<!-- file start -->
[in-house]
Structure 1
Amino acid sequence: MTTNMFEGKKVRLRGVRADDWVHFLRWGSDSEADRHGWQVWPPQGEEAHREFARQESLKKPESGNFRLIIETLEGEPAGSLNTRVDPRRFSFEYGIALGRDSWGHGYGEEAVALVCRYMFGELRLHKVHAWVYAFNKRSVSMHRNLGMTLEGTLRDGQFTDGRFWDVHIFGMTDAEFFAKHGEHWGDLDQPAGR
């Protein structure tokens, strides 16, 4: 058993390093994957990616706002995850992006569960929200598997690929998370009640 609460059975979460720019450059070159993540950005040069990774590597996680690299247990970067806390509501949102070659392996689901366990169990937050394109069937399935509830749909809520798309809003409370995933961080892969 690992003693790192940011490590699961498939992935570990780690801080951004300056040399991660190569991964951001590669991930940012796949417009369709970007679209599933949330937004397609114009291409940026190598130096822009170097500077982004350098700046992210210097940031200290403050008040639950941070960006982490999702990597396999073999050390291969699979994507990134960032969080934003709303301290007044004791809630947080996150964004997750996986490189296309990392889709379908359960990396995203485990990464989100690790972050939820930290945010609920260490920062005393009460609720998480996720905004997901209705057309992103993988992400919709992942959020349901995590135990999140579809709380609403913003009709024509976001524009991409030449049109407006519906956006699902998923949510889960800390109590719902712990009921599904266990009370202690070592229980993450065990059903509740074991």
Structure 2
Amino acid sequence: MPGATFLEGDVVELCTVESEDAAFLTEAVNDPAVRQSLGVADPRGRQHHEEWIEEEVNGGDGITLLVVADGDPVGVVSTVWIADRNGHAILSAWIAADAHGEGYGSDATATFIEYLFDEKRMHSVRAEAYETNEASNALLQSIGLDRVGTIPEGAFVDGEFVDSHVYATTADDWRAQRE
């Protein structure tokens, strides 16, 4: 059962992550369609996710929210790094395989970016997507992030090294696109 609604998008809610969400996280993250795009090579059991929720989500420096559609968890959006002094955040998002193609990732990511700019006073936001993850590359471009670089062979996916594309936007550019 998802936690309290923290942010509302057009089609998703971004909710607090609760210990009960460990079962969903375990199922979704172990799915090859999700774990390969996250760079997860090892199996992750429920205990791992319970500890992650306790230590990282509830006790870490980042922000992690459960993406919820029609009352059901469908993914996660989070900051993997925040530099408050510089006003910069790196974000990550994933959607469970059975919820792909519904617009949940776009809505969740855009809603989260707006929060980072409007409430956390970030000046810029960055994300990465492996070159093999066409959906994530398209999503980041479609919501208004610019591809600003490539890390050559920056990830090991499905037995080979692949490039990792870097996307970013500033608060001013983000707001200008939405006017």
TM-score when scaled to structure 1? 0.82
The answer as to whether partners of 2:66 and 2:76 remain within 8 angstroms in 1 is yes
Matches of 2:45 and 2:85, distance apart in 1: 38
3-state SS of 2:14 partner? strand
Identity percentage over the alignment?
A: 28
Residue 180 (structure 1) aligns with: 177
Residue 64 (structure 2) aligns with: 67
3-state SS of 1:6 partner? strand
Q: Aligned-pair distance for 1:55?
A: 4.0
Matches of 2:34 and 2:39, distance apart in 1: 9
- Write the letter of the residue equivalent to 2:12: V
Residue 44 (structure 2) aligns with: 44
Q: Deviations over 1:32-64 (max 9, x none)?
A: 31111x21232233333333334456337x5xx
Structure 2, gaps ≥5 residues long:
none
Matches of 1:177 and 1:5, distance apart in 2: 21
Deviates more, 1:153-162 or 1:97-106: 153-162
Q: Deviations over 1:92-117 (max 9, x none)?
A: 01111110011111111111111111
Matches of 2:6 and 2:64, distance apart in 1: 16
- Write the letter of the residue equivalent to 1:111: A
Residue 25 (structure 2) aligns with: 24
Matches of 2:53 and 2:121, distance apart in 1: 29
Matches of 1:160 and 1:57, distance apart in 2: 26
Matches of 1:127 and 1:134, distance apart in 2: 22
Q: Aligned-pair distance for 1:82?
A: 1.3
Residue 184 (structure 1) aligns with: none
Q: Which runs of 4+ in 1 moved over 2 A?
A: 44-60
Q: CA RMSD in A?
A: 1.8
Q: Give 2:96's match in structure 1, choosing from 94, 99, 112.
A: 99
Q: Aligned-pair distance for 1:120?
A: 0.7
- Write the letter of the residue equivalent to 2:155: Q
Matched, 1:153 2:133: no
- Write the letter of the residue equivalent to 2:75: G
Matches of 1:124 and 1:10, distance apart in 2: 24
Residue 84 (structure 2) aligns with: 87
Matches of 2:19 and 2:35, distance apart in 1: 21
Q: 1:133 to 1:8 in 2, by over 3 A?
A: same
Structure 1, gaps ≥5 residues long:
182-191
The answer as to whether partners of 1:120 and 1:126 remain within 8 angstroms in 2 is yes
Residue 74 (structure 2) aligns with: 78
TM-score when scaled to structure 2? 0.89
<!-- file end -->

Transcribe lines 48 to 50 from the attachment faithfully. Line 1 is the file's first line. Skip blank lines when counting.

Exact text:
Matched, 1:153 2:133: no
- Write the letter of the residue equivalent to 2:75: G
Matches of 1:124 and 1:10, distance apart in 2: 24